Compilation of WRM Bulletin articles on the occasion of March 21st UN International Day of Forests

  For decades, the WRM has demanded that the United Nation’s Food and Agriculture Organization (FAO) urgently reviews its forest definition, which mainly benefits the interests of industrial monoculture tree plantations companies. FAO’s definition reduces a forest to any area covered by trees. In doing so, the FAO definition discards other life-forms as well as the biological, cyclical and cultural diversity that define a forest in its continuous interconnection with forest-dependent communities. FAO’s reductionist definition also allows the companies behind tens of millions of industrial fast-growing plantations to claim their monocultures are “planted forests”. Countries’ forest statistics thus count these industrial monocultures as “forests”, in spite of the well-documented social and environmental impacts such plantations have caused around the world. The United Nations (UN) declared March 21st as the International Day of Forests in 2013.  At the WRM, we are taking this day as another opportunity to expose FAO’s misleading forest definition. Already in 2009, the WRM denounced in its Bulletin 141 that: “the definition of forests is not an academic or linguistic discussion: it is a political issue having serious social and environmental consequences at the ground level. Defining plantations as forests empowers the corporate sector - particularly plantation companies - and disempowers local communities opposing them to protect their livelihoods. The FAO continues playing this role by refusing to change its definition. FAO’s definition remains the most widely used forest definition today. It serves as a guide for national forest definitions worldwide – as we denounced in an Open Letter in 2017. It’s also the reference in international forums, such as the UN climate negotiations. Albeit speaking of forests, the 2016 UN Paris Agreement promotes the expansion of monoculture tree plantations in various ways. Tree plantations are promoted as so-called carbon sinks, dubious reforestation or restoration programmes are launched and wood is advertised as an energy source to replace fossil fuels. Because the Paris Agreement adopts FAO’s forest definition, its promotion of industrial tree monocultures is taking place under the guise of the positive image of forests. As the WRM, together with La Via Campesina, Friends of the Earth International and Focus on the Global South, stated in an Open Letter to FAO in 2014, The definition fails the at least 300 million women and men worldwide who, according to FAO, directly depend on forests for their livelihoods.” The FAO should take full responsibility for the strong influence its forest definition has over global economic, ecological and social policies. Here we present a compilation of WRM Bulletin articles from 2015 until 2018 and further information that addresses the different impacts and consequences of FAO’s forest definition. We hope this compilation serves to underscore once again the importance for a change of the FAO’s definition. Plantations are not forests! Download the compilation here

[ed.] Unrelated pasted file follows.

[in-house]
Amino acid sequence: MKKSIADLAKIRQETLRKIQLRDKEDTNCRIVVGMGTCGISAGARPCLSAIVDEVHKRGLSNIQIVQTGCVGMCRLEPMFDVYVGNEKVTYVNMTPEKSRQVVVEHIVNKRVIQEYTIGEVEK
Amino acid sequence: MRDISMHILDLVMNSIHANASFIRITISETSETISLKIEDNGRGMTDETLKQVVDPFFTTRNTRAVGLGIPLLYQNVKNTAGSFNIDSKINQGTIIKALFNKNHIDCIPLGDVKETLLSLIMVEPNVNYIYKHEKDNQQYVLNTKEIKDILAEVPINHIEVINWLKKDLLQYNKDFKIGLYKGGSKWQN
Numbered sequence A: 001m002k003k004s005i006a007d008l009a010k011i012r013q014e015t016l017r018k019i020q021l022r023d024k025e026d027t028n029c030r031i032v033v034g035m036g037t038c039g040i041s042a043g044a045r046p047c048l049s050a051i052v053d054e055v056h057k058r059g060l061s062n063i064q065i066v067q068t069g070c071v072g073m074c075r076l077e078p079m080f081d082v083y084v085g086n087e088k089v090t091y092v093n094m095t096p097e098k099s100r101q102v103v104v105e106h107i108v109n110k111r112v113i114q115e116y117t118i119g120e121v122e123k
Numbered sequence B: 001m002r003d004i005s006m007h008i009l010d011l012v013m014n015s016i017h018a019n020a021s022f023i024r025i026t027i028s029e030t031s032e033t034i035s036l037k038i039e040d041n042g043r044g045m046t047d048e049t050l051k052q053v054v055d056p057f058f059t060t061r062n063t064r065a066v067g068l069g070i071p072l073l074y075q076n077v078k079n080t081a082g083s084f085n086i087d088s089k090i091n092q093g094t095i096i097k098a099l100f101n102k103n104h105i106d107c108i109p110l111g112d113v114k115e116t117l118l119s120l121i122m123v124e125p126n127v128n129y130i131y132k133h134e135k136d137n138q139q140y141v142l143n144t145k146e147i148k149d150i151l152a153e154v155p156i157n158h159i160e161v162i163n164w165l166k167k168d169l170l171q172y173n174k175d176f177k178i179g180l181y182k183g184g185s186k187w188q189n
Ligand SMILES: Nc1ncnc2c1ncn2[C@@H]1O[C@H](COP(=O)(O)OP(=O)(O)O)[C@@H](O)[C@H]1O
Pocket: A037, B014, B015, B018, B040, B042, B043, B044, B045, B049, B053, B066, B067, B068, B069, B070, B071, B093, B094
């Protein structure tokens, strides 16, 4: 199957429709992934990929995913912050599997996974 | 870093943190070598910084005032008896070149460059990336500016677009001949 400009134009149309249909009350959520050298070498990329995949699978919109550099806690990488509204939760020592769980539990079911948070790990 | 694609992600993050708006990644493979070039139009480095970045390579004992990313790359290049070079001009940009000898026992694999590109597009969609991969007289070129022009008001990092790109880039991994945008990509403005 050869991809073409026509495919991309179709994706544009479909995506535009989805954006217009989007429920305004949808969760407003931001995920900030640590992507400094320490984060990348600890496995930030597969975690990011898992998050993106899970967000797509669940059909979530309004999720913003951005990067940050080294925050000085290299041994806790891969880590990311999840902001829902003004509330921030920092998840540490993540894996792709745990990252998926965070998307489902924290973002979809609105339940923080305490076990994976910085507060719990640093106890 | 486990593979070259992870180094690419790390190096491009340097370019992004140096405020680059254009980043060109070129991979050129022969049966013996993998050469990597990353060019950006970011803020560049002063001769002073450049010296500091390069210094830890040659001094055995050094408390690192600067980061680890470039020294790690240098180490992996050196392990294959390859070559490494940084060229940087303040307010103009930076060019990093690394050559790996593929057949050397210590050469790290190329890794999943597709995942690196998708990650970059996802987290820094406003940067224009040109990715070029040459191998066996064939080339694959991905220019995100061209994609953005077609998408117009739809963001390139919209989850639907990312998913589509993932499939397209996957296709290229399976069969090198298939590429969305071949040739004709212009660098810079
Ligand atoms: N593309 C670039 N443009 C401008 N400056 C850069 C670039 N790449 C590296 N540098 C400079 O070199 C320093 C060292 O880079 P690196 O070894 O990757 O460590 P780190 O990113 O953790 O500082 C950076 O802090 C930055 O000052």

Publications 21 March 2018
Compilation of WRM Bulletin articles on the occasion of March 21st – UN International Day of Forests
21 March 2018
Compilation of WRM Bulletin articles on the occasion of March 21st UN International Day of Forests  
Bulletin articles 21 September 2017
For over 20 year now, certification schemes such as the Forest Stewardship Council (FSC) and the Roundtable on Sustainable Palm Oil (RSPO) (1) have helped plantation companies secure their profits and protect their reputation. How do they do that, when the impacts of large-scale industrial eucalyptus, pine, acacia and oil palm plantations are so obvious for all to see?
Bulletin articles 21 September 2017
Photo: Ecos Córdoba. Located in the central region of Argentina, Cordoba is one of the five largest provinces in the country. Between 1904 and 2004, it lost 95 percent of its native forest, mainly as a result of the expansion of large-scale agriculture. Its annual deforestation rates are among the highest in the world, bringing serious consequences for the environment, health and food sovereignty of the population, according to researchers at the National University of Cordoba (1).
Bulletin articles 7 February 2017
Years before governments adopted the Paris Agreement, international initiatives promising millions of hectares of reforestation and forest restoration were launched, supposedly to benefit the environment and local communities. Yet, not one example of reforestation at scale exists that has achieved the promised benefits for communities and the environment.
Action alerts 21 September 2016
This open letter, calling on the FAO to revise its forest definition, will be sent to the FAO next March 21 when the International day of Forests is commemorated. If your organization has not yet signed, we invite you to support the letter. Please send an email to fao2017@wrm.org.uy and include your organization’s name and country. Signatures as of March 16, 2017
Multimedia 21 March 2016
On the 21st of March, International Day of the Forests, the FAO has launched another nice video. This year the video is about forests and water. Did you notice the video does not include any monoculture tree plantations, even though FAO considers them as forests? How would look such a video if coherent with FAO´s forest definition?
Action alerts 18 August 2015
At the UN's World Forestry Congress in Durban, South Africa, in September, policymakers, industry and others will debate the 'sustainable future' of forests and people. But there can be no sustainable future until the UN and governments accept that real forests have nothing in common with sterile industrial tree plantations. The world’s forests are being destroyed at a breathtaking pace.